It's been described as looking like rising dough, molten lava or a stone lung. Casa Milà (popularly known as La Pedrera, ‘the stone quarry’) is a daring example of Gaudí’s use of stone to create natural features. When La Pedrera was first commissioned in 1906, the building was a laughing stock for its undulating façade, wrought-iron balconies and vast windows. But Gaudí’s innovative, self-supporting stone exterior has marked the house among today’s most stupendous architectural feats and won it a spot on UNESCO’s World Heritage Site list.
When you first step up to Casa Batlló, it’s the immaculate mosaic work and dragon-like tiles of Gaudí’s greatest construction facelift that will catch your imagination. The whimsical air of the ‘house of bones’ continues once inside with the flowing stonework, ovular windows and nature motifs. Most striking is the atrium in the centre of the house, designed with ombré blue tiles to allow for a constant stream of light and air. This fanciful residence-turned-museum boasts such attention to detail that even the furniture flows with the house. Be sure to leave time for the short film of the house’s folklore story, which explains how the heroic prince saves his princess!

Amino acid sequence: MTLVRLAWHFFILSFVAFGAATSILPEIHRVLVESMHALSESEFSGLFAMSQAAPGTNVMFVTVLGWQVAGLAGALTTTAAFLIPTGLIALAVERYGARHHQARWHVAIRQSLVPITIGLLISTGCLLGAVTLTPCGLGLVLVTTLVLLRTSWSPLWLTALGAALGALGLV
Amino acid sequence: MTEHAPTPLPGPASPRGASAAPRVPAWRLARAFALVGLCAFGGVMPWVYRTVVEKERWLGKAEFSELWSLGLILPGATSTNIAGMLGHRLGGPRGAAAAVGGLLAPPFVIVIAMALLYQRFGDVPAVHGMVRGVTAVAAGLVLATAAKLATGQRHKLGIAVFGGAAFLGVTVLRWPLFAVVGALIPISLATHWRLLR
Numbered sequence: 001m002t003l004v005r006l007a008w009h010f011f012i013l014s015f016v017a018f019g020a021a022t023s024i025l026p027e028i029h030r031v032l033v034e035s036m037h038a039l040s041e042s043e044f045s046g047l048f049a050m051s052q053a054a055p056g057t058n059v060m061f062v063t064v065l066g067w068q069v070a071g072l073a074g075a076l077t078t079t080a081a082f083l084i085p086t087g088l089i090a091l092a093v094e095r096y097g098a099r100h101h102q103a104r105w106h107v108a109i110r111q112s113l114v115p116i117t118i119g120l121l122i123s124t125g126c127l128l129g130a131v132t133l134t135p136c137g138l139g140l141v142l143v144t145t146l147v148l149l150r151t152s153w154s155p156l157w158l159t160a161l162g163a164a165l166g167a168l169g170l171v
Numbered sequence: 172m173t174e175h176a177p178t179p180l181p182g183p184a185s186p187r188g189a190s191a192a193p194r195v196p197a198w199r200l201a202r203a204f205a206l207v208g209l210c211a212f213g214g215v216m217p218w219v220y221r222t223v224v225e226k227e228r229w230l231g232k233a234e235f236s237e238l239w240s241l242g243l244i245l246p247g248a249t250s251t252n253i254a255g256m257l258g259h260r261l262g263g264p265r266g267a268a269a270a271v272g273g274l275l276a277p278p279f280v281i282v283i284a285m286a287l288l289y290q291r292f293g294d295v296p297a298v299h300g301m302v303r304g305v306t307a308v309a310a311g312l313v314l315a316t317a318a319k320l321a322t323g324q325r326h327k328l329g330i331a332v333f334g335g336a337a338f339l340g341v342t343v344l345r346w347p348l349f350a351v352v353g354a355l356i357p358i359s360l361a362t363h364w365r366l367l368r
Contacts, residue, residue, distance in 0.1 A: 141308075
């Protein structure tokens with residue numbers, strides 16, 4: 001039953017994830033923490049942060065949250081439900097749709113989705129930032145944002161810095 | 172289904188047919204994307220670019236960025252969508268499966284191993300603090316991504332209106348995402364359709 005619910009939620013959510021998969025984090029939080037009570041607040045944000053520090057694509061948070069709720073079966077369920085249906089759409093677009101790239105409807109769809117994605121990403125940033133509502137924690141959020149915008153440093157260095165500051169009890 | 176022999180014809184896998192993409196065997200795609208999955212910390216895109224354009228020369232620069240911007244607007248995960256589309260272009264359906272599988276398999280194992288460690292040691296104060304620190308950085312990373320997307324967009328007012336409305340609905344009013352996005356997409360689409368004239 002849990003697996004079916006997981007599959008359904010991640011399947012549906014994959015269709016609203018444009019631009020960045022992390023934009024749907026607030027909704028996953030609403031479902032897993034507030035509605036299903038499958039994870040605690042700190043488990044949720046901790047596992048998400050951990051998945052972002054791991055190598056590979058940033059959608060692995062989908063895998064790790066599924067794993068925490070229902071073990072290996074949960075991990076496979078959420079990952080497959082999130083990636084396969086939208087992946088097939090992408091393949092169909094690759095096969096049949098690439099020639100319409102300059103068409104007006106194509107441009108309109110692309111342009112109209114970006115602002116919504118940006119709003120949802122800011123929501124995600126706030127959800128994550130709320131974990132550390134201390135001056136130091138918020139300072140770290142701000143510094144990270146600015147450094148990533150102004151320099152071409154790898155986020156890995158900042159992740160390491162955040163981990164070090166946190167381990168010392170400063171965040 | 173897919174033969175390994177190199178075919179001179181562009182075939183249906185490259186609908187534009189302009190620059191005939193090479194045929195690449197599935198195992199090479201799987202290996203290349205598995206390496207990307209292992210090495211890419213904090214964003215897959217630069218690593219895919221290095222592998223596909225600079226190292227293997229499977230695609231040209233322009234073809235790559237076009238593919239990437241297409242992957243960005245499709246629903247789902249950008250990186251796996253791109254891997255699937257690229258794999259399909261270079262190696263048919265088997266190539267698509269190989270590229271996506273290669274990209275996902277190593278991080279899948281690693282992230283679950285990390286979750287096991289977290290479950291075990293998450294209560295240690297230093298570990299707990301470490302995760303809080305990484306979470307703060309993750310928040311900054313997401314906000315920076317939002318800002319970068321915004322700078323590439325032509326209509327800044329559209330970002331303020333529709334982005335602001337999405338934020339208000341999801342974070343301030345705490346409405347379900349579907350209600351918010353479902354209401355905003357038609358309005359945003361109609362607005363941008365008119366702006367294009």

Up in Barcelona's Horta-Guinardó neighbourhood, Park Güell boasts breathtaking hillside views of the whole city. You can enter the park for free, but if you want to get into the 'Monumental zone', you'll pay around €10 to see the iconic mosaic bench and dragon, plus more gems. Chock-full of symbolism and nature motifs, this park, belonging to Gaudí’s naturalist phase, will spark anyone’s imaginative side. Once you've taken in the Monumental zone's attractions, make sure to save some time to walk up and explore the surrounding park, which is a must-see in its own right.